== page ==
Harry C. Blair, MD

Professor of Pathology, Division of Clinical Chemistry

Dr. Blair is a member of the Division of Clinical Chemistry in the Section of Laboratory Medicine, and is a VA Merit Investigator and Staff Pathologist. He is also on the faculty of the Department of Cell Biology and in the McGowan Institute for Regenerative Medicine.


American Board of Pathology (Anatomic Pathology and Clinical Pathology)


Metabolic Bone Disease

Education & Training
BA - Washington University, 1976
MD - Washington University, 1980
Visiting Scholar, Wolfson College, and Member, Senior Common Room, Wadham College, Oxford University, 2002-03
Visiting Professor, Consiglio Nazionale delle Ricerche (CNR), Milano, Italy, Spring 2010
Visiting Professor, Mahidol Medical School, Bankok, Thailand 2012
Research Interests

I investigate the regulation of bone turnover and the mechanisms by which bone is deposited and resorbed. I use human models including human mesenchymal stem cells, which differentiate into bone-forming osteoblasts, and human monocytes, which differentiate into macrophages and osteoclasts. I also study selected related topics in clinical chemistry; currently these include the mechanisms by which trans-fatty acids cause pathology by interfering with fatty acid catabolism in macrophages. Major current projects include regulation of osteoclast formation by calcium; the role of glycoprotein hormones, traditionally thought of as pituitary-endocrine regulators, in direct action on bone turnover. New projects in development include regulation by PTH of osteoblast transport, and osteoblast acid transport and matrix vesicle activity. Research support added over the past year includes an RO1 (multi PI, I am the submitting PI), and my VA Merit was recently scored in the funding range. Two additional RO1 applications are pending review.
Dr. Blair's current research activity includes:

R01 AR065407-01 (12/1/13-11/30/18)
Role PI (Multi PI award, Blair corresponding PI, 15% effort)
Regulation of Osteoclastogenesis by Calcium

This proposal characterizes the role of the Orai1 calcium channel in osteoclast formation, and in bone development, in human cells in vitro and in transgenic mouse models in vivo.

BX002490-01A1 10/1/2014-9/30/2018
Role PI (VA Merit award 27.5% effort)
Regulation of Osteoblasts by ACTH and VEGF

We will study mechanisms by which hormones regulate the balance of bone formation and bone loss, studying human precursor cells differentiating in tissue cultures and using a mouse model. The growth and differentiation signals to be studied, tumor necrosis factor-alpha and vascular endothelial growth factor, are key regulators of bone health, and may also provide important insights regarding the mechanism of mineral deposition in other pathological processes. This is relevant to the risk for fractures and osteoporosis, major causes of disability Veterans. Osteoporosis is also of particular significance to female Veterans. The studies will include analysis of mechanisms that may allow undesirable side effects of therapy on bone, particularly effects of glucocorticoids, to be avoided.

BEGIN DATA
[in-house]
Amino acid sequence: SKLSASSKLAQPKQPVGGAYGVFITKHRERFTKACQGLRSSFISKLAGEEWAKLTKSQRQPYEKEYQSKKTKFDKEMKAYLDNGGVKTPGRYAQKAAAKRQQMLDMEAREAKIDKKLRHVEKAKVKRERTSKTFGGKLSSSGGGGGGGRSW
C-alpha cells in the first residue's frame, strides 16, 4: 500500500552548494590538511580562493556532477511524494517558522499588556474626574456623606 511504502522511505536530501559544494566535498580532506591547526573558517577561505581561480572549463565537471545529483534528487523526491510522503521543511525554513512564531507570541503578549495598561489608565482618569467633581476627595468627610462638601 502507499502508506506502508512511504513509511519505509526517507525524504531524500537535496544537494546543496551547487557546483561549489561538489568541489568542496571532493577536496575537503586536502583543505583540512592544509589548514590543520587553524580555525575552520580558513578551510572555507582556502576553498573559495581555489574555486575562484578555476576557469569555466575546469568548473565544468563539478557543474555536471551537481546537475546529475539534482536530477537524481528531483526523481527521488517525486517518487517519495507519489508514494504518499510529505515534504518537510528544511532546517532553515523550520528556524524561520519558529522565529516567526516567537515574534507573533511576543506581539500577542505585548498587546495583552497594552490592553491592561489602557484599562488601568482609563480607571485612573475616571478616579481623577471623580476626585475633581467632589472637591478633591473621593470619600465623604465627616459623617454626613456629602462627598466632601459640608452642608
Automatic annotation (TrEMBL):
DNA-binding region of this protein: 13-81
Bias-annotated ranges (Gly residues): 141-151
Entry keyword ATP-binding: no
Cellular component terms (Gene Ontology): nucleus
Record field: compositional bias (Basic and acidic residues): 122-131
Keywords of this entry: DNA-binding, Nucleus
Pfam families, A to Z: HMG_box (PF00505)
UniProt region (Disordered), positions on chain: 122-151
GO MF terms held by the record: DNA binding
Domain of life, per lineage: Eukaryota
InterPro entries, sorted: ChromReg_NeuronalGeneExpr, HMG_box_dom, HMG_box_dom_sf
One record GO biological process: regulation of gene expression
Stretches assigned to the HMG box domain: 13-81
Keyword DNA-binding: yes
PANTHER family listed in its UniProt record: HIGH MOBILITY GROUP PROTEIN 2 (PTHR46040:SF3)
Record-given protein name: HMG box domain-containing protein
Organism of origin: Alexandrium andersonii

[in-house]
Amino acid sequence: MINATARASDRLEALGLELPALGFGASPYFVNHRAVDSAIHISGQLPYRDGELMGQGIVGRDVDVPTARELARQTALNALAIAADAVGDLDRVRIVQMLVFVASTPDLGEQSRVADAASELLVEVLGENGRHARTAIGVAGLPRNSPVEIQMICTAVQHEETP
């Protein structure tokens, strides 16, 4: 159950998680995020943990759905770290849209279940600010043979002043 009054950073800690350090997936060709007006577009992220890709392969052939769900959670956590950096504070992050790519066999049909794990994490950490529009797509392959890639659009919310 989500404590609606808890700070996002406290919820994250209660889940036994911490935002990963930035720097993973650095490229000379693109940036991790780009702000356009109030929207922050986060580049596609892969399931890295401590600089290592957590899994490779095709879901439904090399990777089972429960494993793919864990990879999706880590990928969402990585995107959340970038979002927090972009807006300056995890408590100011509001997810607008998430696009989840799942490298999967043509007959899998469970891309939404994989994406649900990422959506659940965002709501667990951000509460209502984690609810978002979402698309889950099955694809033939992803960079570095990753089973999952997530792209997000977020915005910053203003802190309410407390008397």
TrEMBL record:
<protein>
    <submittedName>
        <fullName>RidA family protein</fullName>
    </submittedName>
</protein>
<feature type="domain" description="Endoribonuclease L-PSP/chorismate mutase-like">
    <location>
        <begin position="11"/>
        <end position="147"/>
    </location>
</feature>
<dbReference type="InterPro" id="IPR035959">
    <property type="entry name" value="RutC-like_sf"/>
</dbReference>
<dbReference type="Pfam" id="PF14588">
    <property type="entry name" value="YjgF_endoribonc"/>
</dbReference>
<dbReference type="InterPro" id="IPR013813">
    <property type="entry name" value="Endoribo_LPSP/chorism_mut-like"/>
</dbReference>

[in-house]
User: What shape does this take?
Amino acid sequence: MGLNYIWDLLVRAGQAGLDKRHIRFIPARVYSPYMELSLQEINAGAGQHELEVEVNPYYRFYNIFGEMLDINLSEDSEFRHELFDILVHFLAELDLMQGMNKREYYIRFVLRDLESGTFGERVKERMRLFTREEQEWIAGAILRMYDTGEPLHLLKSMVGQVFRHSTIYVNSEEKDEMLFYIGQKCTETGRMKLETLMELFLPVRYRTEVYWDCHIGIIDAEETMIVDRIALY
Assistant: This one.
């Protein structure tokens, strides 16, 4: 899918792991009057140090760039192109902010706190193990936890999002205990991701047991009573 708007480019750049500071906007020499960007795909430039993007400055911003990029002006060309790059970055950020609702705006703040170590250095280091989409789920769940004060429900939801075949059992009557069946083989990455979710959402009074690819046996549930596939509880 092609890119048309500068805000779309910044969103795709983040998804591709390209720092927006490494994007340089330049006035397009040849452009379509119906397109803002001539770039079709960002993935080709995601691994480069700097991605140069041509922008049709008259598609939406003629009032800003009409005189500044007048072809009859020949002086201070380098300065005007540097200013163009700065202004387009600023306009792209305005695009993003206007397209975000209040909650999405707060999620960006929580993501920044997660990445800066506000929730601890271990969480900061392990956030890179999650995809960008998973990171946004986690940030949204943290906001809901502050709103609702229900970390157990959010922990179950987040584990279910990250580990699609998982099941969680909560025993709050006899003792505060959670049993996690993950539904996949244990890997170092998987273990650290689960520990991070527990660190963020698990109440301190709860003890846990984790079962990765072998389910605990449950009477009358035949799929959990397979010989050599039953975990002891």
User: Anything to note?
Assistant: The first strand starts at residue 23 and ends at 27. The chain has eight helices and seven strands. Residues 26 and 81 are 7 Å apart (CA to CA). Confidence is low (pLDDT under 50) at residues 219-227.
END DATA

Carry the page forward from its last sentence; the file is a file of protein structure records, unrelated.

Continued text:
Mechanisms of Bone Mineralization (Application for support pending)
Role PI (Multi PI award, Blair corresponding PI, 15% effort)
Novel Mechanisms Causing Delayed Mineralization Disorders

Delayed mineralization can cause weak bone or osteoporosis; some causes are well known, such as mineral transport defects, but the complete pathway of mineral transport during bone formation is not established. In the work proposed, we will study previously uncharacterized ion transporters that are highly active during bone formation, to determine how they support bone formation and the consequences when they are missing or dysfunctional.

NIH Research

View Dr. Blair's NIH RePORT on nih.gov

Representative Publications

View Dr. Blair's publications on Google Scholar or PubMed

  • Tourkova IL, Liu L, Sutjarit N, Larrouture QC, Luo J, Robinson LJ, Blair HC.Adrenocorticotropic hormone and 1,25-dihydroxyvitamin D3 enhance humanosteogenesis in vitro by synergistically accelerating the expression of bone-specific genes. Lab Invest. 2017 97: 1072-1083. PMID: 28737765. PMCID: PMC5844701.
  • Blair HC, Larrouture QC, Li Y, Lin H, Beer-Stoltz D, Liu L, Tuan RS, Robinson LJ, Schlesinger PH, Nelson DJ. Osteoblast Differentiation and Bone Matrix Formation In Vivo and In Vitro. Tissue Eng Part B Rev. 2017 23: 268-280. PMID: 27846781. PMCID: PMC5467150.
  • Larrouture QC, Nelson DJ, Robinson LJ, Liu L, Tourkova I, Schlesinger PH, Blair HC. Chloride-hydrogen antiporters ClC-3 and ClC-5 drive osteoblast mineralization and regulate fine-structure bone patterning in vitro. Physiol Rep. 2015 Nov;3(11). pii: e12607. doi: 10.14814/phy2.12607. Epub 2015 Nov 24. PMID: 26603451. PMCID: PMC4673636.
  • Palagano E, Blair HC, Pangrazio A, Tourkova I, Strina D, Angius A, Cuccuru G, Oppo M, Uva P, Van Hul W, Boudin E, Superti-Furga A, Faletra F, Nocerino A, Ferrari MC, Grappiolo G, Monari M, Montanelli A, Vezzoni P, Villa A, Sobacchi C. Buried in the Middle but Guilty: Intronic Mutations in the TCIRG1 Gene Cause Human Autosomal Recessive Osteopetrosis. J Bone Miner Res. 2015 3010:1814-21. PMID: 25829125.
  • Elaidate, an 18-carbon trans-monoenoic fatty acid, inhibits β-oxidation in human peripheral blood macrophages. Zacherl JR, Mihalik SJ, Chace DH, Christensen TC, Robinson LJ, Blair HC. J Cell Biochem. 2014 115:62-70. PMID: 23904193.